The iOS and Android Mobile Web Disparity

by Ben Bajarin   |   November 1st, 2011

There are two interesting data points released that I think is worth asking some questions. The first comes from Net Applications and it plots out mobile web browsing OS share by platform. The full chart is below.

What strikes me in this chart is the clearly dominant iOS platform when it comes to mobile web browsing over all platforms. It needs to be pointed out that Net Applications is tracking iPhone, iPad, and iPod touch but also all Android phones and tablets. We know there are now well more than 250 million iOS devices in the market so there is a clear lead in volume over Android. However, at the same time we know that Android is growing explosively fast. Even with the Android explosive growth it seems that Android customers are still not nearly as heavy web browsers as iOS consumers.

One other point on the Net Applications chart is that since it does contain iPad, and we know iPad is rapidly climbing the charts with web browsing share on its own, then we need to also look at a similar chart without iPad. That is exactly what StatCounter provides us with.

In the chart below we see a picture of web browsing OS share with only hand-held devices, so not including tablets.

This shows a very close picture of iOS to Android hand-held only browser share but still showing iOS in the lead. Still interesting that iPhone and iPod touch account for more web browsing than all Android smartphones in the market. So again it appears that even with hand-held devices iOS consumers browse the web more than Android consumers.

I have a few observations.

First iOS is a superior web browsing experience. Having used both platforms quite a bit I can attest to this fact that the web browsing experience on iOS is better than on Android.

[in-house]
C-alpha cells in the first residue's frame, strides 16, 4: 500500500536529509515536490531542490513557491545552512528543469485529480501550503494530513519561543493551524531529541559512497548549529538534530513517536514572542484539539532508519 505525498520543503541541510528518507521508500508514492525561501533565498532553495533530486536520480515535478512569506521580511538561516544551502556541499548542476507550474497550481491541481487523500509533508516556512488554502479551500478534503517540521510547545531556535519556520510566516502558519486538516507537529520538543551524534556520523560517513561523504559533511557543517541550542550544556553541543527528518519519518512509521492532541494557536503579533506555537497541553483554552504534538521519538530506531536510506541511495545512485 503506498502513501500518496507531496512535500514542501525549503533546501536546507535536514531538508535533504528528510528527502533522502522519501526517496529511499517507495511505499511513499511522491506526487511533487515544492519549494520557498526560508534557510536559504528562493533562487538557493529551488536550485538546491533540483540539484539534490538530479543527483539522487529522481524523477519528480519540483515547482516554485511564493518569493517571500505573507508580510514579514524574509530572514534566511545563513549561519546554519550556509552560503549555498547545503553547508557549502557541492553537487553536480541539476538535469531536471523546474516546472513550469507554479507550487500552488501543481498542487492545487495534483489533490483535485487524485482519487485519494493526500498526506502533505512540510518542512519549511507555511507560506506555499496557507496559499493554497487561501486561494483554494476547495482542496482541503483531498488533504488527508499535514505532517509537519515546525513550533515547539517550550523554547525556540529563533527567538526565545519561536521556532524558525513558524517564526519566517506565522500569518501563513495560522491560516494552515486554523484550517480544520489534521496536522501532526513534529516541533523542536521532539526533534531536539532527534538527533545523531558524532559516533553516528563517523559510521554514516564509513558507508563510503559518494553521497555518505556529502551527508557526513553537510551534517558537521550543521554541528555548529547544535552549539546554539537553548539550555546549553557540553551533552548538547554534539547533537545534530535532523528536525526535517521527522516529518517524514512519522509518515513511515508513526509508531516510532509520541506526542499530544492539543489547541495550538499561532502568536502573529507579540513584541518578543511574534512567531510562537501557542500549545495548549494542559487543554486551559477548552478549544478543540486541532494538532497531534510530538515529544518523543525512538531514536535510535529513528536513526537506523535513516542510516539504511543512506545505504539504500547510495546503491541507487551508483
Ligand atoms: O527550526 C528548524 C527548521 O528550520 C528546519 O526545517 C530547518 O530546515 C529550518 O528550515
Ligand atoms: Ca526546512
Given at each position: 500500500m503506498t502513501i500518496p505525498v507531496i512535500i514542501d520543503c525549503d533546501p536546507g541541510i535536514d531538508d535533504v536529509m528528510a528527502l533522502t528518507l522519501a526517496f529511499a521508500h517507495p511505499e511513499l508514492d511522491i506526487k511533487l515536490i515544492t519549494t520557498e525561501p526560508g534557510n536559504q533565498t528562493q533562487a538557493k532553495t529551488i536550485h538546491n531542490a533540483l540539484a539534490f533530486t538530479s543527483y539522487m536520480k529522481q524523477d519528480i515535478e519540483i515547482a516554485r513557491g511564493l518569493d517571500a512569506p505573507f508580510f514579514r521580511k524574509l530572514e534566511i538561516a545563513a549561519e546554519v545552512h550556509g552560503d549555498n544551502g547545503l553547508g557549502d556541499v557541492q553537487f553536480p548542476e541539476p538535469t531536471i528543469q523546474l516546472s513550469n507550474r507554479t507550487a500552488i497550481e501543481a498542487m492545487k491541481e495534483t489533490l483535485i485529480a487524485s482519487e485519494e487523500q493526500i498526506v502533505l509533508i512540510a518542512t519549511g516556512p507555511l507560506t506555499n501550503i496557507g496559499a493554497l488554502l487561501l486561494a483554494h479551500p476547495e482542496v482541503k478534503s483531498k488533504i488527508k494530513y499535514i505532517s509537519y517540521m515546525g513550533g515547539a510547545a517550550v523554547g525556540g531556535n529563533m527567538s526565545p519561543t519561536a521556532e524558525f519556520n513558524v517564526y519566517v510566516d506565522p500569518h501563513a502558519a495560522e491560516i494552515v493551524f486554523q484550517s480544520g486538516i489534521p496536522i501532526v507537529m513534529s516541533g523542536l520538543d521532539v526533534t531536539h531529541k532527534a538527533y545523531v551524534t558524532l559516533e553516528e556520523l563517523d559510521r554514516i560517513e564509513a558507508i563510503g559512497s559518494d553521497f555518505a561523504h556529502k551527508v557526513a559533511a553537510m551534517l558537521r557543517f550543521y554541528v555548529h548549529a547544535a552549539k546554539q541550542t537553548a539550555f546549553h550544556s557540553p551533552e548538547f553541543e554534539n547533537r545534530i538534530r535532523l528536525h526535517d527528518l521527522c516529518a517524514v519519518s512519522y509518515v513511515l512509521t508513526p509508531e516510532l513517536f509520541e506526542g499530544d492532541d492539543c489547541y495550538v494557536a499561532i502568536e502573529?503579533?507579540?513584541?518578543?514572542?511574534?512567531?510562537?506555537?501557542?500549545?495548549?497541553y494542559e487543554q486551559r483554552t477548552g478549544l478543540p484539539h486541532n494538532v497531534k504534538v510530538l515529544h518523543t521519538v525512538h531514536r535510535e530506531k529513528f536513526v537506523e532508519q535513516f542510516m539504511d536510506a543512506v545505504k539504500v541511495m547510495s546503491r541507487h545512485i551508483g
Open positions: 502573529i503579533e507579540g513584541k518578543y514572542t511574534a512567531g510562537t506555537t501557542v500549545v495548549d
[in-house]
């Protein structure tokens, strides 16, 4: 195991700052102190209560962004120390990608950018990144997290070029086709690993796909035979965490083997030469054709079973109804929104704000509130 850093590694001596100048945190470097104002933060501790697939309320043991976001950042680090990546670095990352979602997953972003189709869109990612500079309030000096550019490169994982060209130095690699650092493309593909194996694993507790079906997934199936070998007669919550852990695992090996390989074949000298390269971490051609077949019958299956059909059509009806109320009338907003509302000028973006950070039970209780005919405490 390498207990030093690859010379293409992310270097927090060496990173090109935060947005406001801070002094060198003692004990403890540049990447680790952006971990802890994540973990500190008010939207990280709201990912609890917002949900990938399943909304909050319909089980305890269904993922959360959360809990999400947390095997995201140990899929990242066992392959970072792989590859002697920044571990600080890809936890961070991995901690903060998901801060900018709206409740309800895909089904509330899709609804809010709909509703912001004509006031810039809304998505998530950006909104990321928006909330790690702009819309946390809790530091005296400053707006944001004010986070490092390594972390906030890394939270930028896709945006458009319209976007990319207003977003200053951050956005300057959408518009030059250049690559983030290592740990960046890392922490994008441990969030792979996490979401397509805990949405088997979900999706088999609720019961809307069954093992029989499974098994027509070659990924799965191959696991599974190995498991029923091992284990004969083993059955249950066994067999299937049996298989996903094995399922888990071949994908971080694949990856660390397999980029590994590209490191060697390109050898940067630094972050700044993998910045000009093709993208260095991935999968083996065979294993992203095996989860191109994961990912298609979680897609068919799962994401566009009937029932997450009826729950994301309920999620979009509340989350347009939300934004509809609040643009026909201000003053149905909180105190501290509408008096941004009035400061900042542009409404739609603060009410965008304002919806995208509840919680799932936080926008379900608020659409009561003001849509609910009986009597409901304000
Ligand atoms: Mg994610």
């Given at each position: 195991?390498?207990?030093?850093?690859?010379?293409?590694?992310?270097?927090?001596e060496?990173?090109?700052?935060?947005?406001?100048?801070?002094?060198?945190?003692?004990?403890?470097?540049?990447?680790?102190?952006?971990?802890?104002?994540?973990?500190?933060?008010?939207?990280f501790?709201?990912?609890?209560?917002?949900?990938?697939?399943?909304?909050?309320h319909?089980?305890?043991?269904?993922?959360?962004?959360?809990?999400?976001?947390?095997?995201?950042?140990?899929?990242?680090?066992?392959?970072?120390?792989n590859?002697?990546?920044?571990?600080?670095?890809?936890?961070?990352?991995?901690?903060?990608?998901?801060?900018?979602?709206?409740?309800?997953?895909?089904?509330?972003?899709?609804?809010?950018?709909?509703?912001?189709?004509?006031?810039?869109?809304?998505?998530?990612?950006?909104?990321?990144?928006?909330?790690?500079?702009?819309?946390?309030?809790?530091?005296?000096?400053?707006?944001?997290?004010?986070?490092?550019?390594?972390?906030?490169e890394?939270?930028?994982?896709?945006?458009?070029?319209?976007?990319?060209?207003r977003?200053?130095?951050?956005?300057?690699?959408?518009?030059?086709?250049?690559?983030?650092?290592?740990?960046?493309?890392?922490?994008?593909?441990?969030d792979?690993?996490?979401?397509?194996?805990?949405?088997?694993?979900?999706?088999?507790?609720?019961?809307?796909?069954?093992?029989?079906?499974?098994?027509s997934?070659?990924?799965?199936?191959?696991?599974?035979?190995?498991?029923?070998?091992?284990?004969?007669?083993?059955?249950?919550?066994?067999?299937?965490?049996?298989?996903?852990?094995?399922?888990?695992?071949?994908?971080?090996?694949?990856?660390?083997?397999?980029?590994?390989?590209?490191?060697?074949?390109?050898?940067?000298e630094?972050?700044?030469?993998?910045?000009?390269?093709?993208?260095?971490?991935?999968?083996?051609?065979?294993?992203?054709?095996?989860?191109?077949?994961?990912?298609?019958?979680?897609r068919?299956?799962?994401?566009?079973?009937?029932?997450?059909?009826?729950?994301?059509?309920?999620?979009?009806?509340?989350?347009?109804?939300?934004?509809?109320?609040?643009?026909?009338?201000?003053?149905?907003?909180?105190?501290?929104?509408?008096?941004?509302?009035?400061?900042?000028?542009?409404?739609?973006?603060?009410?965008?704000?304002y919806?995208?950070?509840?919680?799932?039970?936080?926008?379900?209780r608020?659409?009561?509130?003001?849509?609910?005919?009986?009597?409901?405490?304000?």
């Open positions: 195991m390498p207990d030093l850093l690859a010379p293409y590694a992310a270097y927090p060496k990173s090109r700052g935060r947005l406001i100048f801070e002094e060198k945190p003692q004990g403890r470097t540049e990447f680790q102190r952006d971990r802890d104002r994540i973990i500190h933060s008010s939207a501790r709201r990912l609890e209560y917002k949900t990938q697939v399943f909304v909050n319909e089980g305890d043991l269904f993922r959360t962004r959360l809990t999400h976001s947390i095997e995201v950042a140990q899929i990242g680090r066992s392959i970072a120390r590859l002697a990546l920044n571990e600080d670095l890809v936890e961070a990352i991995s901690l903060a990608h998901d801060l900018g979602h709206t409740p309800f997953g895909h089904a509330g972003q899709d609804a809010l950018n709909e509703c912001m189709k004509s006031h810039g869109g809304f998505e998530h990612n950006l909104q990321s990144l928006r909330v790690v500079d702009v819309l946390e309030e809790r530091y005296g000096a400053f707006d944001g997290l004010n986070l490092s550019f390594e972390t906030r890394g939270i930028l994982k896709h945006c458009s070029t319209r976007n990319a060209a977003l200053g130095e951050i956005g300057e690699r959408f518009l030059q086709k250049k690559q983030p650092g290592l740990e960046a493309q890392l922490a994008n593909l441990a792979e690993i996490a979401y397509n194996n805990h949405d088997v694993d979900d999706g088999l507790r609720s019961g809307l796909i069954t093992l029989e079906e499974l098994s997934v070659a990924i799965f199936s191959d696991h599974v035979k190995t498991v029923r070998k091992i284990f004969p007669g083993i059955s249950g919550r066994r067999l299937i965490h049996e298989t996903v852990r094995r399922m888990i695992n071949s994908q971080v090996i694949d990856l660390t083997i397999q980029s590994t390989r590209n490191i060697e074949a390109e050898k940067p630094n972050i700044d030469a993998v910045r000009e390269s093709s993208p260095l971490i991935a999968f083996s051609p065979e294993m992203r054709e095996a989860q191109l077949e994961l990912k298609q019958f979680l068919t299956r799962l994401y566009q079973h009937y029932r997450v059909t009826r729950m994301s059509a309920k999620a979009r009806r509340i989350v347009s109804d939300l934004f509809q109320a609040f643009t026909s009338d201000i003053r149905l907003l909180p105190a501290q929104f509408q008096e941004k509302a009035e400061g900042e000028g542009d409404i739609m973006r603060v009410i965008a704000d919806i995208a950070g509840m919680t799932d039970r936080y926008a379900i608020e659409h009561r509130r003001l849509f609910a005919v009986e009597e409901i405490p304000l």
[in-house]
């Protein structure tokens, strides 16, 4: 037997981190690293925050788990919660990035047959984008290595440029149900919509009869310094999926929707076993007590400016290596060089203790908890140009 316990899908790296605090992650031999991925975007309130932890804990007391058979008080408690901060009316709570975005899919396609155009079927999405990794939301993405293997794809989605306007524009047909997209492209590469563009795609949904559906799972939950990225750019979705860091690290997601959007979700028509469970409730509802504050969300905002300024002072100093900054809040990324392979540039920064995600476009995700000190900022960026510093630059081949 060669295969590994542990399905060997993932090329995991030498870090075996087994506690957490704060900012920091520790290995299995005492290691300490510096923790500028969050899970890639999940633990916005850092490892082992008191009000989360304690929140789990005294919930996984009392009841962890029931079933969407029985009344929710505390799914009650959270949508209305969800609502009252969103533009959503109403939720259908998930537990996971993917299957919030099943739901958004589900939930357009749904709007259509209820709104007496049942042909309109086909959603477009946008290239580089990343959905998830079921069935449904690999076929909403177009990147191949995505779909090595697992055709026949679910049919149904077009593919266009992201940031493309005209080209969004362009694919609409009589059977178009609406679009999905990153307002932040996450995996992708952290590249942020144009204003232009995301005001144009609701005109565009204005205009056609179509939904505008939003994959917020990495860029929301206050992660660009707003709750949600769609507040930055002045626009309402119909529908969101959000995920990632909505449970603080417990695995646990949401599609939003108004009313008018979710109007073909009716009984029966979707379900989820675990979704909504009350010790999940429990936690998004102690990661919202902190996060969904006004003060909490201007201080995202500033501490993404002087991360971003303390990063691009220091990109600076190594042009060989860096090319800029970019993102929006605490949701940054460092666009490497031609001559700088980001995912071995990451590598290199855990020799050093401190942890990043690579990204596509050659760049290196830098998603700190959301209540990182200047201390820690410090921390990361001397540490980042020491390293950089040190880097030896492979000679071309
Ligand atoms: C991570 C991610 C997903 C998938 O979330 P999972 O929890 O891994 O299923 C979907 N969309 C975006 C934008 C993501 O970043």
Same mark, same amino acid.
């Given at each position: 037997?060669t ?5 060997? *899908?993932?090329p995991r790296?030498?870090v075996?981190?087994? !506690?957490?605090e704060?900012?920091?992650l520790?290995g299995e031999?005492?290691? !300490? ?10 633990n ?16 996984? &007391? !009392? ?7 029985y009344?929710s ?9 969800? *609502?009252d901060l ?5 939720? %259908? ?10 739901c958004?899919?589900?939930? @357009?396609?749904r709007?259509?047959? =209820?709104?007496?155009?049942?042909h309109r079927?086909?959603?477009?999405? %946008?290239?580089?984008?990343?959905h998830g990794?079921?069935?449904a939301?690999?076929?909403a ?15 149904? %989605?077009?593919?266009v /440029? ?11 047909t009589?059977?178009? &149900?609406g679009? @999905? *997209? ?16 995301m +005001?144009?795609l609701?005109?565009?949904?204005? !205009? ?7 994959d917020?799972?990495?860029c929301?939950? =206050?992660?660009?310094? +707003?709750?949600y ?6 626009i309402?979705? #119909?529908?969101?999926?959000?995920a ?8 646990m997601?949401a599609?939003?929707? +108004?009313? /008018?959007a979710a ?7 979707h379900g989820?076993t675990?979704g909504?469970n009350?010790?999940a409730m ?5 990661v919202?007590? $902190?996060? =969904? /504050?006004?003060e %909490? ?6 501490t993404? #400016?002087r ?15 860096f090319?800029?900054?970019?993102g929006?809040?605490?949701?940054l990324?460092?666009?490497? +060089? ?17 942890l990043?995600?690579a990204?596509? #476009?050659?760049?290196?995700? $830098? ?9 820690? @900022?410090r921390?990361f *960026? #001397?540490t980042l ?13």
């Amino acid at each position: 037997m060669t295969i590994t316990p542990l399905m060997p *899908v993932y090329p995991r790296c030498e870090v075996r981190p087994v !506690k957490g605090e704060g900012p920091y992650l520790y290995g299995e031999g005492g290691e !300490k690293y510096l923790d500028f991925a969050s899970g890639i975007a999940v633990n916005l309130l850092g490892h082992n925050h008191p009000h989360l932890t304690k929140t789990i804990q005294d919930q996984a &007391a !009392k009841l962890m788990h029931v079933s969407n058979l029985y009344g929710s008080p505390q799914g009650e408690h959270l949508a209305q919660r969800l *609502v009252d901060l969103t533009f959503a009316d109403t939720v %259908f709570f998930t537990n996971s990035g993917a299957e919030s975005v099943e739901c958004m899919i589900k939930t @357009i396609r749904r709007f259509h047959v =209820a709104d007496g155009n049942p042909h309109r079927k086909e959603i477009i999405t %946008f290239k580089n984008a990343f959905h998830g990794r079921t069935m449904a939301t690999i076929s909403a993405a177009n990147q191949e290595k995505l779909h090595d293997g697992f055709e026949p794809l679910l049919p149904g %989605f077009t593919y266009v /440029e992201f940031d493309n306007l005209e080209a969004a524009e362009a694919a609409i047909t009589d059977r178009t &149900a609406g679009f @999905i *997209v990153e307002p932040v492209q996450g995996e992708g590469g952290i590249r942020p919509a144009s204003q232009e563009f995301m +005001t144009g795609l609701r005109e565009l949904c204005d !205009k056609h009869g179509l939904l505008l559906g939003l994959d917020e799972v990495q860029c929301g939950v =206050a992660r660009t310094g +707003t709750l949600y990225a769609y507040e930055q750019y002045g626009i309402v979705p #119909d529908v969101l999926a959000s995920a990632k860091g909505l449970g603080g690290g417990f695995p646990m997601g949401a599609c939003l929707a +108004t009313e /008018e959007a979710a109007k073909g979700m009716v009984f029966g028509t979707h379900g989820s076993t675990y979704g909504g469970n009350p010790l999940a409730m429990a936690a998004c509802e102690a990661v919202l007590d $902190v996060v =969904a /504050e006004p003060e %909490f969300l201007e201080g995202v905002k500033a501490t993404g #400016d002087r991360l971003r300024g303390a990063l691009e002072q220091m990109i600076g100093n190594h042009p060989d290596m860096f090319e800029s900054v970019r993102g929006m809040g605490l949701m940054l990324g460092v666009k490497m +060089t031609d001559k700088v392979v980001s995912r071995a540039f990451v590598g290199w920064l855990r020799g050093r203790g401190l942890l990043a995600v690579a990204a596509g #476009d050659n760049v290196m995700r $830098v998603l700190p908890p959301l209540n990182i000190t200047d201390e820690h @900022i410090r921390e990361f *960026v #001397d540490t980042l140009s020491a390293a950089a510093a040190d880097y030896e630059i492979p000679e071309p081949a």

Android consumers are using more apps than browsing the web. This has come back true from many of our Android consumer interviews. They use more of the native apps for search, Facebook, Twitter, etc and conveyed to us that general web browsing is less of a use case for them. This again will vary between power user and average consumer, but still true in a general sense.

iPad is poised to become one of the most dominant web browsing platforms. I have not been shy in proclaiming how touch computing and the tablet form factor is the computer for the future. I’ve also stated that in my opinion web browsing is better on a tablet than on a PC. When we look at the Net Applications chart, which includes iPad, we see how wide the gap with iOS is when the iPad is counted in mobile web browsing. This is an incredibly significant trend and one that should concern Google.

Overall all Google still gets a serious chunk of revenue from iOS devices when it comes to mobile search. The fact that in iOS 5 consumer can change their search engine preference should concern Google greatly.

Every company in mobile search needs to understand this data. It demonstrates how tablets are not only more than a fad but how important they are to the mobile web of the future.

[Other Good Articles VIA BGR, Fortune, SlashGear,GigaOM]

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Ben Bajarin

Ben Bajarin is a Principal Analyst at Creative Strategies, Inc - An industry analysis, market intelligence and research firm located in Silicon Valley. His primary focus is consumer technology and market trend research. He is a husband, father, gadget enthusiast, trend spotter, early adopter and hobby farmer. Full Bio
  • http://www.facebook.com/rick.heggem Rick Heggem

    Using this logic and data, shouldn’t the wireless carriers promote the Android devices and downplay the iOS devices since they represent the same revenue stream with a much smaller bandwidth load?

    • Anonymous

      Interesting point Rick!

      • Anonymous

        Are you not going to give any credit to Philip Elmer Dewitt’s charts then. Ben?

        • Anonymous

          Those were not Philips charts they were Net Applications and StatCounters whom I credited.

          • Anonymous

            so the bit under the graphics on Fortune that reads:

            “Sources: Net Applications, StatCounter. Chart: PED”

            Is wrong?

          • Anonymous

            You are right, a colleague of mine was wrong. I swapped the charts with the original sources instead of using the ones he created using their data.

          • Anonymous

            It is also slightly disappointing that people feel he should get credit for making a carbon copy of their charts. I’d rather give credit to the original creators of data and charts not someone who carbon copied it and took credit for the image. I just don’t see how that makes sense. Am I crazy?